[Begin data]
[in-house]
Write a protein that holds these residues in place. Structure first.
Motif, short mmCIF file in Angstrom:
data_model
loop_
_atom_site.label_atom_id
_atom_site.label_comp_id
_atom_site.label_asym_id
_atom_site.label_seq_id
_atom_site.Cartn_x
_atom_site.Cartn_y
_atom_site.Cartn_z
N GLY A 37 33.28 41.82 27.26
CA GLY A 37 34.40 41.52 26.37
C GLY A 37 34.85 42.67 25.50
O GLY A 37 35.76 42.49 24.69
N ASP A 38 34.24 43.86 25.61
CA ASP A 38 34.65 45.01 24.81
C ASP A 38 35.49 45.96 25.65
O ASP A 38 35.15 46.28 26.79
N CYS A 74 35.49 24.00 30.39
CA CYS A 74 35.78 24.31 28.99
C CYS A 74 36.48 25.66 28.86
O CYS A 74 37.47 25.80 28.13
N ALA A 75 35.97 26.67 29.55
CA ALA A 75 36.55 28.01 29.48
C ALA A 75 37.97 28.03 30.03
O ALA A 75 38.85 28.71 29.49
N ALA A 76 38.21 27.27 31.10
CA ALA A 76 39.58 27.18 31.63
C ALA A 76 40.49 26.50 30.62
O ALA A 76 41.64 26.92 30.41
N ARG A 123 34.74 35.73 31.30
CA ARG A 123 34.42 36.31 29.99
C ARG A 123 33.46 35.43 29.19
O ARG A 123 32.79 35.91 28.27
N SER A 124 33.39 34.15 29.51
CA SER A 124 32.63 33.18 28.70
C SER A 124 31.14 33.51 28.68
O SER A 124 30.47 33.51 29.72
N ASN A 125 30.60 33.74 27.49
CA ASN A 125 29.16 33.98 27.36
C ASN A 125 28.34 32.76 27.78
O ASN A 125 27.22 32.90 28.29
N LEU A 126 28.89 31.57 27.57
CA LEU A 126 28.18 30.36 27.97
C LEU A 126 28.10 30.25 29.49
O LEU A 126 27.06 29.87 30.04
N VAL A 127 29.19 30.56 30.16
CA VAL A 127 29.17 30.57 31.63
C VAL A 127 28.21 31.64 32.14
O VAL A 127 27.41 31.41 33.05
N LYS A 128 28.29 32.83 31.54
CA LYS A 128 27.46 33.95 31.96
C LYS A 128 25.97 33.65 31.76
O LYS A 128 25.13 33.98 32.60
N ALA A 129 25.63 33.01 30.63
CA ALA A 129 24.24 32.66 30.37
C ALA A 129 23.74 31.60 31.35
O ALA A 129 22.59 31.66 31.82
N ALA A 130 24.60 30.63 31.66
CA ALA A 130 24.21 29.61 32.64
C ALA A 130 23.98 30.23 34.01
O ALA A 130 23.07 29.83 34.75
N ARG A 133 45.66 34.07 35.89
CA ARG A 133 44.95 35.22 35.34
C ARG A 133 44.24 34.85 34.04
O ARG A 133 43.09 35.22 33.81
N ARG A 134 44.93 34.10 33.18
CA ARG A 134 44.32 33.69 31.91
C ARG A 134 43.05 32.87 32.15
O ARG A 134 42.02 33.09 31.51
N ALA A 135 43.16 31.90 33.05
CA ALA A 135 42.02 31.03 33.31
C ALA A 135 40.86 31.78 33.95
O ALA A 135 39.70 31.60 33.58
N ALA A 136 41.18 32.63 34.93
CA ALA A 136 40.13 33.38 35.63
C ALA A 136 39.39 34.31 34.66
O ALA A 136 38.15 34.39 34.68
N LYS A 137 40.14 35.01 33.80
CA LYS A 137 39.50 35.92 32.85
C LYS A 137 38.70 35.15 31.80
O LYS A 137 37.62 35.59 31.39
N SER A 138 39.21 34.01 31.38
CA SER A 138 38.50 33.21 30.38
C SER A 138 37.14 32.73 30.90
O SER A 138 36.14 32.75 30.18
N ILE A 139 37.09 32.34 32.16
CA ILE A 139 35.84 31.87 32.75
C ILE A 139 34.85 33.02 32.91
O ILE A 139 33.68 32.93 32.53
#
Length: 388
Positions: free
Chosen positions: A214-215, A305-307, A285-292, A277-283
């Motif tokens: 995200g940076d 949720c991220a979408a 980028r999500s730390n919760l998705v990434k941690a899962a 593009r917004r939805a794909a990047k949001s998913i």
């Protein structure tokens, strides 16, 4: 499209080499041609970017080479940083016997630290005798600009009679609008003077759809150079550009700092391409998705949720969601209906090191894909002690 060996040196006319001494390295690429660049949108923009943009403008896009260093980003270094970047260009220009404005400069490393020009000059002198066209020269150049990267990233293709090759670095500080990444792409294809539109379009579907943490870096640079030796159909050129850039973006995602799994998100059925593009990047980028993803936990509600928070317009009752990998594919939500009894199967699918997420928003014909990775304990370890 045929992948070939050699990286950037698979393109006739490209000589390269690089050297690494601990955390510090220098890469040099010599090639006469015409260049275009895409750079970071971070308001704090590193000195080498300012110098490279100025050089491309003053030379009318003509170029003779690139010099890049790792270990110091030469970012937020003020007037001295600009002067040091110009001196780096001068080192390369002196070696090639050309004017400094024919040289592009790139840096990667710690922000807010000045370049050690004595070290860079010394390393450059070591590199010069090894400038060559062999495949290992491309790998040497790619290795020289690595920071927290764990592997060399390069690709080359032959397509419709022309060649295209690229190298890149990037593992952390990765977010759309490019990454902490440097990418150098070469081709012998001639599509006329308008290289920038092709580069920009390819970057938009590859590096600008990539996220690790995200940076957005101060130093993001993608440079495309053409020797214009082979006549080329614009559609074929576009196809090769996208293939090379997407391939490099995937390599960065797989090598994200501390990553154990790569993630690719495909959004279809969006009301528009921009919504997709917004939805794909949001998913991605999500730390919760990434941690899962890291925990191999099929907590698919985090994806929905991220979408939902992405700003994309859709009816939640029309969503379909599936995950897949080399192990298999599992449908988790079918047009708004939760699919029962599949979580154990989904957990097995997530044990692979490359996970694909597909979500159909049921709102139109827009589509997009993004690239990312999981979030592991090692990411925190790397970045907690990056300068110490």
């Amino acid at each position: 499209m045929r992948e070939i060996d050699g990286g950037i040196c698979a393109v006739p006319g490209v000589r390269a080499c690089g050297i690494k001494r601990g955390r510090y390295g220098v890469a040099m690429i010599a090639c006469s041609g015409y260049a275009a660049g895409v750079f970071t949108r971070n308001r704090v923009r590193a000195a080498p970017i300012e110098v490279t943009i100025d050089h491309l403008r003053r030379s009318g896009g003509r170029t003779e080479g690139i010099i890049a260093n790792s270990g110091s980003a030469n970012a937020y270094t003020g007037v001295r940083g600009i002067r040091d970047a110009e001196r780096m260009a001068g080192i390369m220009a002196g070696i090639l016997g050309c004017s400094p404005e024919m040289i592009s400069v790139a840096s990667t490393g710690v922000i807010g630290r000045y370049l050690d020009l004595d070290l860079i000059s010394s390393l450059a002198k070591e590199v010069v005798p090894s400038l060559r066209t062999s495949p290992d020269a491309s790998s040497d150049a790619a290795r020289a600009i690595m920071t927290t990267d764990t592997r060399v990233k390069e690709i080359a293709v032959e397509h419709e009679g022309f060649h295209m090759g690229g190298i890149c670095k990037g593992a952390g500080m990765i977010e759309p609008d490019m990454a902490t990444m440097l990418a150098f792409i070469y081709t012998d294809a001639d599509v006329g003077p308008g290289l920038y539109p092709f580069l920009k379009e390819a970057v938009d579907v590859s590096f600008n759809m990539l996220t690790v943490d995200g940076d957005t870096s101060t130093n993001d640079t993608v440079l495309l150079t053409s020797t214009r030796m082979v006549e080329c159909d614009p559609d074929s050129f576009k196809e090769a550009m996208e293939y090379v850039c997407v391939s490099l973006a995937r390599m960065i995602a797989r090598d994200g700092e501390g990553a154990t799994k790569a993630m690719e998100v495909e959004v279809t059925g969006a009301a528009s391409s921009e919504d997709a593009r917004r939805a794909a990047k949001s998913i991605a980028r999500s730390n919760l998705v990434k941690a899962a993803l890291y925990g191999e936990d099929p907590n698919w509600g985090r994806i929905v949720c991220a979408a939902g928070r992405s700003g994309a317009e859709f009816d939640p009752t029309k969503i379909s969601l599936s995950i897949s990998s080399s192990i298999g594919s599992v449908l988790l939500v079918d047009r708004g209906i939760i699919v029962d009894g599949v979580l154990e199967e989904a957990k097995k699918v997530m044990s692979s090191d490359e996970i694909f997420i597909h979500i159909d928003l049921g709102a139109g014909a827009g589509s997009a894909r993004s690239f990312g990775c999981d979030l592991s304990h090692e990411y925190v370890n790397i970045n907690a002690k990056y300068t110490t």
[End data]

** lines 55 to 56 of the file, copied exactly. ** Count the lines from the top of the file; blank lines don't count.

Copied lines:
C LYS A 128 25.97 33.65 31.76
O LYS A 128 25.13 33.98 32.60